So, you’ve been working 40 hours/week on your art career for years? That’s amazing! THAT’S what a real artist does. Makes all the sacrifices that this implies – including personal sacrifices – to dedicate the big hours necessary for high levels of success in the arts. Nice job!
As you can see above there are also artists who work upwards of 60, 70, 80 hours/week, so that’s an option for you as well – if it’s an option. To get to be able to dedicate 40 hours/week to your art career means you were born with money or you partnered up with someone who will earn money while you create (smart) or you’re piling on an extra 40 hours/week on top of your other 40 hours/week that you dedicate to your job.
If the first one sounds like you, then please come in an buy some art from us – and fast! If the second one sounds you then congrats on finding a stable, money-producing partner; I’m sure you help out a lot around the house to make up for it. If the last one sounds like you, then wow! That’s a lot of dedication.
If you’ve been doing this workload for decades than chances are you’re also very successful. If you’ve been doing it for just a few years then you’re on your path to success. If you’ve just been doing it for a couple of weeks then keep at it, but please don’t keeping reading this post: switch to one that will have advice tailored to you. The advice in this post is only for folks who have been working 40 hours/week on their art career for years.
Everyone wants to be where you’re at, but few have the stamina to be able to do what it takes to get there. Huge hours, lots of stress, lots of dealing with disappointments and challenges, building your brand, learning and growing and learning and growing, often worrying about how to pay the bills early in your career. Our hats are off to you! We know how hard it is because we’ve been there. Thank you.
Are you selling work, but just looking for a new city/space to show in? Feel free to TEXT us and leave a message with your full name and city and the words “40 hrs/week”.
We’ll Google you and your website will pop up with your incredible art and hopefully some links to some media as well. Don’t sweat it if you don’t have much media at this point; some day you will, just keep up that solid work ethic.
If you look like an amazing human being creating stunning art that fits into what we’re doing then go ahead and text us and we’ll get back to you as soon as we get a free moment to schedule a meeting with you: (509) 270-5804.
And, because you’re a smart artist you also understand that our hands are extremely full keeping our business alive and thriving and focusing on the artists that we have already committed to work with so we won’t be able to reply to all inquiries. We care deeply about the artists we already represent. We also respect our commitments and prioritize those over others. Calling you up and explaining to you why you don’t fit right now into our program sounds like a terrible way to spend time for both you and us, doesn’t it?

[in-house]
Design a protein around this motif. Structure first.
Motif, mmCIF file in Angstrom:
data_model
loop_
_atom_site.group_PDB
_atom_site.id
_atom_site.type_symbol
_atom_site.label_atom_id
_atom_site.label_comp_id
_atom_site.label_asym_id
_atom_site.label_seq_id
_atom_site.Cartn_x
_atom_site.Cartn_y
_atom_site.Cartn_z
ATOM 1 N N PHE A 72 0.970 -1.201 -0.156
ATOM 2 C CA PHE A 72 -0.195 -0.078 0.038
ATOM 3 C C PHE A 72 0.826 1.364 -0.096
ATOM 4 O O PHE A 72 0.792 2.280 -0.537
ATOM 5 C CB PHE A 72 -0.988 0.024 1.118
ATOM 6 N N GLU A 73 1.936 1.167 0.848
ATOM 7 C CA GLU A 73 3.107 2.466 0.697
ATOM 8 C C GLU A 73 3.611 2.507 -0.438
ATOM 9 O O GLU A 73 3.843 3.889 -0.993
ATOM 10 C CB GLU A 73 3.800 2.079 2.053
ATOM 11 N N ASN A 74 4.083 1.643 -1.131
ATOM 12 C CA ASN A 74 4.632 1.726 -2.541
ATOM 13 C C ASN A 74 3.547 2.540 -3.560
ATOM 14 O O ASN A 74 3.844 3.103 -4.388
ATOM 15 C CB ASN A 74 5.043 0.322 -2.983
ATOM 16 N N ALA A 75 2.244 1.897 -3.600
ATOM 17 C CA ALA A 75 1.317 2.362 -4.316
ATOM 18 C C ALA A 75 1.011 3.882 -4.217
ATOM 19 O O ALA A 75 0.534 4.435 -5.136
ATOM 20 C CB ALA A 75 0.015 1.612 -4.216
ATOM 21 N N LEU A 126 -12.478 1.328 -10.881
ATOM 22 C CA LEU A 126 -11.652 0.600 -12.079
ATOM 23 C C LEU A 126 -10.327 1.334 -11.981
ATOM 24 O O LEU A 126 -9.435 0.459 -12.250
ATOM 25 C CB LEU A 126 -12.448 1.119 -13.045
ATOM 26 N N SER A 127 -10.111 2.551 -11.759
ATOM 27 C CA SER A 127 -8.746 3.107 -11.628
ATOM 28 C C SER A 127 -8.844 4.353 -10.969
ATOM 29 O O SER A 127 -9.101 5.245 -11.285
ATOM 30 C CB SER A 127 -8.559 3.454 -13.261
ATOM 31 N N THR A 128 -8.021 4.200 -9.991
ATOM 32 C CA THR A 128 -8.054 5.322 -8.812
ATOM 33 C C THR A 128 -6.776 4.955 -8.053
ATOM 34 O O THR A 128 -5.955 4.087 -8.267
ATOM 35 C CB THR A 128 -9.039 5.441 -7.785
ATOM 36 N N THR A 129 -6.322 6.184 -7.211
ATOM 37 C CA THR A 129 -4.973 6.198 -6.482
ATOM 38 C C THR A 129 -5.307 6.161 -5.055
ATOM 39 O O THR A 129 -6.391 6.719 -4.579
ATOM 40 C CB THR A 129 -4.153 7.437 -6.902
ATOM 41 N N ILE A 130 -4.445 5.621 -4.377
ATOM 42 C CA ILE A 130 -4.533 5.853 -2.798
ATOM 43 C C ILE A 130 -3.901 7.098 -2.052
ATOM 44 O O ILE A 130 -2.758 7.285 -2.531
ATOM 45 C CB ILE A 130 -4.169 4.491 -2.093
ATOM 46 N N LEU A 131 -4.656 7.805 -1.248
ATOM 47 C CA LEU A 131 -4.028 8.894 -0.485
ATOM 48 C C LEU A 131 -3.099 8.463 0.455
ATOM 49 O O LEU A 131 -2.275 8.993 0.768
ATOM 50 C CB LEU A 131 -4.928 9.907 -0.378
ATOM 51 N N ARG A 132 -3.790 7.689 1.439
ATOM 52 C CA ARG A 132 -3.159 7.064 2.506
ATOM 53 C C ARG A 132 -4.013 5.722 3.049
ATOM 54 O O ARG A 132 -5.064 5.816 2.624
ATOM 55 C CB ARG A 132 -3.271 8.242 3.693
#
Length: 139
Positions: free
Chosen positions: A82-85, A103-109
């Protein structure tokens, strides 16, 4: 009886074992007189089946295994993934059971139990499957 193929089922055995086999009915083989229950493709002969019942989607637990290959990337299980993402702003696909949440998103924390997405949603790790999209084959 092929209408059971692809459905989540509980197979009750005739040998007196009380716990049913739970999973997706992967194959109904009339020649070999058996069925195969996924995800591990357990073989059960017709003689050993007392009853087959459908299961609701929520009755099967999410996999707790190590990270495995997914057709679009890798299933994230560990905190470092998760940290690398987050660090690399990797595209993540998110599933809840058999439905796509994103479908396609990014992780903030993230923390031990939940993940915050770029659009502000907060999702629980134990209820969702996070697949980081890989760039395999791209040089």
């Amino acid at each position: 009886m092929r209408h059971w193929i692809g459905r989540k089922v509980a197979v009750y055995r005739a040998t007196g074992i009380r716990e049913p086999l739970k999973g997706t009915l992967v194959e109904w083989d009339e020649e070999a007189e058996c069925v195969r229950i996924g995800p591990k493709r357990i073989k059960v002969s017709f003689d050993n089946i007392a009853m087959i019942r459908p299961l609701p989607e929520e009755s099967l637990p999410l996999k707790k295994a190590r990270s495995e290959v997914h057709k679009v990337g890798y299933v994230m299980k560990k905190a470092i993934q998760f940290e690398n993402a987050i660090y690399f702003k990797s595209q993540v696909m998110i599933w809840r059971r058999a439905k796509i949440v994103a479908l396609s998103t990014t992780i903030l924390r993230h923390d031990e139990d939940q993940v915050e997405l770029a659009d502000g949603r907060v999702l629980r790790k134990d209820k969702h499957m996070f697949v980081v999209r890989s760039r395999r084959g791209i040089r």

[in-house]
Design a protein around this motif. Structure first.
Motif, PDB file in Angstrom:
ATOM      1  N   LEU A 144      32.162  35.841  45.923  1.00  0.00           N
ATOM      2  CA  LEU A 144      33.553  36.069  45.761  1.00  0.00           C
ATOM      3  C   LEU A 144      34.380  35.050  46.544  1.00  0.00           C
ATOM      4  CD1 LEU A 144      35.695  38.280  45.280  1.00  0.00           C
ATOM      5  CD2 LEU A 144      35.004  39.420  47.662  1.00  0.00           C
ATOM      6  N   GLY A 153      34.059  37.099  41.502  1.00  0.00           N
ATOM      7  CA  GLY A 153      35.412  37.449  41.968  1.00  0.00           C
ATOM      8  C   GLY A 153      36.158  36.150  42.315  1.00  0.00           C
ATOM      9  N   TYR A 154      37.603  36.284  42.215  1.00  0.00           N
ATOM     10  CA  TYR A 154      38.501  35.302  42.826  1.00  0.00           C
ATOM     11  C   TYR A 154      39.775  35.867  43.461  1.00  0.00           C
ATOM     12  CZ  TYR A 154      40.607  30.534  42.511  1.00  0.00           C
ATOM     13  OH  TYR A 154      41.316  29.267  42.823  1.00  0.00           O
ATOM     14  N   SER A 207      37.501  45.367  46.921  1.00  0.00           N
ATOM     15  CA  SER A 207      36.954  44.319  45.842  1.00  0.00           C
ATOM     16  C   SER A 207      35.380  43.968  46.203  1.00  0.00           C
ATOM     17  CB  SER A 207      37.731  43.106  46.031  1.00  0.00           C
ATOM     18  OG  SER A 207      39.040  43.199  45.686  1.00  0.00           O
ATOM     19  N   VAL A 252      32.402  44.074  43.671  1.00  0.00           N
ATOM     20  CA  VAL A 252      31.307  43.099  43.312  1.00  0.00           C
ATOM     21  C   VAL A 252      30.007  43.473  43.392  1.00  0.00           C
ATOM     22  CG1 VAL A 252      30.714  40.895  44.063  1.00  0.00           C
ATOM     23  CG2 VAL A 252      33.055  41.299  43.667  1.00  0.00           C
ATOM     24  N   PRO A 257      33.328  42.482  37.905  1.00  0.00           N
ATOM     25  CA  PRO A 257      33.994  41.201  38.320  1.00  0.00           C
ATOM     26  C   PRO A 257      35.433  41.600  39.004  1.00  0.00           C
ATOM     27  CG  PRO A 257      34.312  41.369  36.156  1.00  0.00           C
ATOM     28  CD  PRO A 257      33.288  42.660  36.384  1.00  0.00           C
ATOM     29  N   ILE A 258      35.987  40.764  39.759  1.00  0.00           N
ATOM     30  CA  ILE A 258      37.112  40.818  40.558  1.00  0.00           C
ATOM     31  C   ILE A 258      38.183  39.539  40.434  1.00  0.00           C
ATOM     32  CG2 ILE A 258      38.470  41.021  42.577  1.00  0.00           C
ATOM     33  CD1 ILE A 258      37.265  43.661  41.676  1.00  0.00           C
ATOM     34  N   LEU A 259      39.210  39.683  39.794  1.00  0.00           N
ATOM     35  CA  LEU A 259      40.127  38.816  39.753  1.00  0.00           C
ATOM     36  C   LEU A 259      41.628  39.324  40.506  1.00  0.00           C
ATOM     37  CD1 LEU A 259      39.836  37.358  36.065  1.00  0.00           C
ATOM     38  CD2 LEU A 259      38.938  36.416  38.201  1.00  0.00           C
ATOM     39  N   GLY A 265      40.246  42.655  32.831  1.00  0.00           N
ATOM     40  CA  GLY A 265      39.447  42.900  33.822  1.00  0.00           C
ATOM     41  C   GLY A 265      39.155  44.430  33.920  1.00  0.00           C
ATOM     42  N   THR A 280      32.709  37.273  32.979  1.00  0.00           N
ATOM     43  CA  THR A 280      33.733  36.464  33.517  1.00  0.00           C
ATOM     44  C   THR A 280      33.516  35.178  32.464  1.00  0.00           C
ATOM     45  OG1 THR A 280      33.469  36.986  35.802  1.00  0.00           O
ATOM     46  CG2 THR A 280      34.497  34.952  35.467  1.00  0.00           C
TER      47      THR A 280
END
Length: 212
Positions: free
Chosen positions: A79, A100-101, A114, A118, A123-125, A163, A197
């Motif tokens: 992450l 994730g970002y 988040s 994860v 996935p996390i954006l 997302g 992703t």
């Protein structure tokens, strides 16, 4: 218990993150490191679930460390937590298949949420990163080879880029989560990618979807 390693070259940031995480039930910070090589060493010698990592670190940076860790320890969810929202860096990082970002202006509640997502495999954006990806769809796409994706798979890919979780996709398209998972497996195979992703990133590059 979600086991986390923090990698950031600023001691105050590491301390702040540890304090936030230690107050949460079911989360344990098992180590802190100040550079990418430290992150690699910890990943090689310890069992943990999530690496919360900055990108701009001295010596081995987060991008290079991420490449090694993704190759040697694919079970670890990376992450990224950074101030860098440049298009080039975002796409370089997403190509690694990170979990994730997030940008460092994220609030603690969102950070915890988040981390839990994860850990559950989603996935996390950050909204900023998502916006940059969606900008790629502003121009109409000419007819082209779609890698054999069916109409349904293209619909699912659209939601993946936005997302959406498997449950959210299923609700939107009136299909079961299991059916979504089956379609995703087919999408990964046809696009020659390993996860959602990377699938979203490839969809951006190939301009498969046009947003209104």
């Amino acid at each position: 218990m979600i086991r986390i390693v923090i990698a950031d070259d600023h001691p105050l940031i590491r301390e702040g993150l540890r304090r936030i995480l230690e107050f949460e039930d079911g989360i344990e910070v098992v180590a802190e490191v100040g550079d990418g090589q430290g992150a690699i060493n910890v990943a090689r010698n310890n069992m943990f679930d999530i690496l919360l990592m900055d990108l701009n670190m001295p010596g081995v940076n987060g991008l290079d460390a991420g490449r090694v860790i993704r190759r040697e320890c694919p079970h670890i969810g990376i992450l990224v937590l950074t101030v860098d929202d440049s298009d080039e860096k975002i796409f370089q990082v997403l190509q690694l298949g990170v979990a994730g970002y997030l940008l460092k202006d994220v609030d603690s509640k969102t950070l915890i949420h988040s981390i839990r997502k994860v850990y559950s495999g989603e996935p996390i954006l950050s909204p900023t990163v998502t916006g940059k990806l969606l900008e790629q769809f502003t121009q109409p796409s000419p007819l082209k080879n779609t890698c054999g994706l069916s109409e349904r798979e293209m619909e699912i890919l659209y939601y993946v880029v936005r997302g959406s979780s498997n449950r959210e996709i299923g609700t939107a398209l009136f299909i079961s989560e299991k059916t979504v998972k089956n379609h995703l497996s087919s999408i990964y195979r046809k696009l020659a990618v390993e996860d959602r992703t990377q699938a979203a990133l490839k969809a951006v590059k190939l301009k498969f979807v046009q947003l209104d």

Thanks again for doing the work, putting in the time. We hope things work out and we can work together. If you’re working 40 hours/week and you reach out to us and we don’t get back to you quickly rest assured that we’ll put you in a special category and monitor your career and the minute things change and we have an opportunity for you then we will reach out. Thank you!
In the meantime, here are some great articles written by a highly successful arts advisor in California with decades upon decades of experience in the art world : Absolutely Essential Artist Tips, What Galleries Look For In Artists, and Common Misconceptions About Galleries.
These articles will be especially helpful for those artists who are successful professionals, but haven’t started a new relationship with a gallery in a while. The relationship between a highly successful gallery owner and a full time artist are among the coolest relationships ever, but you want to get off on the right foot and the above articles will put you in the right frame of mind to successfully begin a healthy relationship with a peer. Enjoy!
Lastly, we hope the above articles opened your eyes, but didn’t shock you too much. There’s some great info in there from an experienced arts professional. One thing that we would suggest is that if we don’t reply to you quickly you may wish to start to slowly build a relationship with the gallery. It’s one thing we see missing in Spokane.
In communities all over the world as we speak artists are developing relationships with galleries. Slowly, purposefully, thoughtfully. They’re attending First Fridays, they’re bringing their friends along to the galleries they want to show in, they’re buying work from the galleries (this is a no brainer, but nobody does it in Spokane – best way to show you really support a gallery is to literally support that gallery - to purchase a piece – it makes a great first impression), they’re getting their friends to buy work, they’re “liking” and “sharing” all the gallery’s social media to get on the gallery’s radar, all the while working on their work, developing a following, and creating a fantastic web presence.
It’s work, alot of work. Okay, a TON of work, but if you’re a real artist you won’t be afraid of putting in the time. A real artist, just MUST create and will do everything necessary to eventually succeed. We know. We’ve been there. We’ve done that work and achieved success. And we know lots of people who have as well. It’s possible, but very difficult. Now’s a good time to get going…